Oil prices rallied to start the week on Monday, as traders again shook off concerns about a U.S.-China trade war, at least for now.
Attention now turns to China’s Boao Forum – the so-called Asian Davos – where Chinese President Xi Jinping will make a much-anticipated speech on Tuesday, which traders are watching for any reference to the trade dispute with the U.S.
The U.S. and China are the world’s two largest oil consuming nations.
U.S. West Texas Intermediate crude futures jumped $1.03, or 1.7%, to $63.08 a barrel by 10:10AM ET (1410GMT). The U.S. benchmark lost about 4.4% last week, its biggest such decline since the week ended Feb. 9.
Meanwhile, Brent crude futures, the benchmark for oil prices outside the U.S., gained $1.04, or roughly 1.5%, to $68.15 a barrel. Brent saw a weekly fall of 4.5%, its biggest since the week ended March 2.
Oil prices finished lower on Friday to tally their worst weekly loss in two months as investors fled riskier assets amid fears that deteriorating trade relations between the U.S. and China could deal a blow to global growth.
Sentiment took another hit after General Electric’s Baker Hughes energy services firm said in its closely followed report on Friday that the number of oil drilling rigs rose by 10 to 808 last week.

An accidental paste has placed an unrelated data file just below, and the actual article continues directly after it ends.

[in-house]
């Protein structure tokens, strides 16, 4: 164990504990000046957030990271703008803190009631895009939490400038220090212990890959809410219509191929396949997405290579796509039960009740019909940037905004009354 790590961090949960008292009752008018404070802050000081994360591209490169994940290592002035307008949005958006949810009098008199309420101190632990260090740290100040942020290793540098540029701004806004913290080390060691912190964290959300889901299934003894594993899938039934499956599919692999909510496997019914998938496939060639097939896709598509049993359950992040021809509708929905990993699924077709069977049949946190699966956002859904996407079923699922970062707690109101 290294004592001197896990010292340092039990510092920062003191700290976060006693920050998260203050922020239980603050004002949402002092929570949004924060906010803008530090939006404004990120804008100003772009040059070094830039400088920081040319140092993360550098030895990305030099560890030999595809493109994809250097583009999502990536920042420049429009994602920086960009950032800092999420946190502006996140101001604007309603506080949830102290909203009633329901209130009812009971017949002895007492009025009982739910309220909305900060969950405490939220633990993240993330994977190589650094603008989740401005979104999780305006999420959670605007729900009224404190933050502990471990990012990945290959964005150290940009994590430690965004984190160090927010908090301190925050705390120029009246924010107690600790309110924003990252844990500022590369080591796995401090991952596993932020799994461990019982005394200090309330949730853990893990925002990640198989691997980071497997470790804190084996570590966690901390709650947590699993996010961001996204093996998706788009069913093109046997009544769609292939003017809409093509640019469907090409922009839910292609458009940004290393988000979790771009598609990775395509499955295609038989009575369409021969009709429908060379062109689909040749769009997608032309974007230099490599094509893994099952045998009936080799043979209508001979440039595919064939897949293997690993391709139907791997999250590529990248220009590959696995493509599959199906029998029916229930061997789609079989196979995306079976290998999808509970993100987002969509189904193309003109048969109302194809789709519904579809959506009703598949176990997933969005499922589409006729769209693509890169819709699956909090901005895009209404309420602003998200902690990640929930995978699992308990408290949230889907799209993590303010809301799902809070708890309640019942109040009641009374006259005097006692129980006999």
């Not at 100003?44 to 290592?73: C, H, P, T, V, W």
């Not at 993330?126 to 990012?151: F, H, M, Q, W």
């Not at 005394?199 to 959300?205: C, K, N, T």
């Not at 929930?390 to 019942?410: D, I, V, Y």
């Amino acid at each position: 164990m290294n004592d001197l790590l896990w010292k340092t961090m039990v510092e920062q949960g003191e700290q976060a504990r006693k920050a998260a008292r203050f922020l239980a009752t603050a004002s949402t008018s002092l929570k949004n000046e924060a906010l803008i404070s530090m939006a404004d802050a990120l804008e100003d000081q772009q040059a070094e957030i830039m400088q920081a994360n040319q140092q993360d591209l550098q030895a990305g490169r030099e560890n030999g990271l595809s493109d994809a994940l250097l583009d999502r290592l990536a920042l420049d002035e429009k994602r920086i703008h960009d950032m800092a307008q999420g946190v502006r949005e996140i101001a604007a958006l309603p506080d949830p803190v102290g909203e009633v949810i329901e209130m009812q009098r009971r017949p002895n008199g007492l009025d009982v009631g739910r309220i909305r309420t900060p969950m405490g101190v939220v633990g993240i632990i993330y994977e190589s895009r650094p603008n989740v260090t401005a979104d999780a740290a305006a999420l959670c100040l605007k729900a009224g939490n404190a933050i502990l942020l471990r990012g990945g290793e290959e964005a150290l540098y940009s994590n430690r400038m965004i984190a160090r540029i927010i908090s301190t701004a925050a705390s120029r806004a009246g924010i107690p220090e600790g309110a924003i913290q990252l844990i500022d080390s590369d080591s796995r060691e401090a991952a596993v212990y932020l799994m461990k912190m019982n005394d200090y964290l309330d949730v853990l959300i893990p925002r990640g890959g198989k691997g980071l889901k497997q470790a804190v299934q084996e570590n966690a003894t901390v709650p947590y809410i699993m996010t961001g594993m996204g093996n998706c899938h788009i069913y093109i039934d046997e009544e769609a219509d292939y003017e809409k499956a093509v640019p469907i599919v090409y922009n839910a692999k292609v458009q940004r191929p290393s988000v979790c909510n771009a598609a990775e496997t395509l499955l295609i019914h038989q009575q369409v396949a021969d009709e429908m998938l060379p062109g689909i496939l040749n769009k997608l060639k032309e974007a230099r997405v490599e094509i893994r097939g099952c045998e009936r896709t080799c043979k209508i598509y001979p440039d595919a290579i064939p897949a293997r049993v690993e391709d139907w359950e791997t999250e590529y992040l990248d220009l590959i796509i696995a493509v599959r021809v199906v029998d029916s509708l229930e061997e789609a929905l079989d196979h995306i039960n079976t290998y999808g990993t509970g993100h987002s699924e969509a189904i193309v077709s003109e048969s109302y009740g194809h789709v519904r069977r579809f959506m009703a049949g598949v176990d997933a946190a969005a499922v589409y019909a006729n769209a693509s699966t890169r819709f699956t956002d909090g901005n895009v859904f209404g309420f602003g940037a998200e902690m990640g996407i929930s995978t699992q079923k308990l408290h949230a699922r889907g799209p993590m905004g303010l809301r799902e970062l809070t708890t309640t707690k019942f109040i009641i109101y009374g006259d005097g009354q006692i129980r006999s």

That was the highest number since March 2015, underscoring worries about rising U.S. output.
Domestic oil production – driven by shale extraction – rose to an all-time high of 10.46 million bpd last week, the Energy Information Administration (EIA) said, staying above Saudi Arabia’s output levels and within reach of Russia, the world’s biggest crude producer.
Analysts and traders have recently warned that booming U.S. shale oil production could potentially derail OPEC’s effort to end a supply glut.
OPEC and other producers, including Russia, agreed to cut output by about 1.8 million barrels per day (bpd) in November last year to slash global inventories to the five year-average. The arrangement is set to expire at the end of 2018.
In the week ahead, oil traders will await fresh data on U.S. commercial crude inventories on Tuesday and Wednesday to gauge the strength of demand in the world’s largest oil consumer and how fast output levels will continue to rise.
Market players will also focus on monthly reports from the Organization of Petroleum Exporting Counties and the International Energy Agency on Thursday and Friday to assess global oil supply and demand levels.
Comments from global oil producers for additional signals on whether they plan to extend their current production-cut agreement into next year will also remain on the forefront.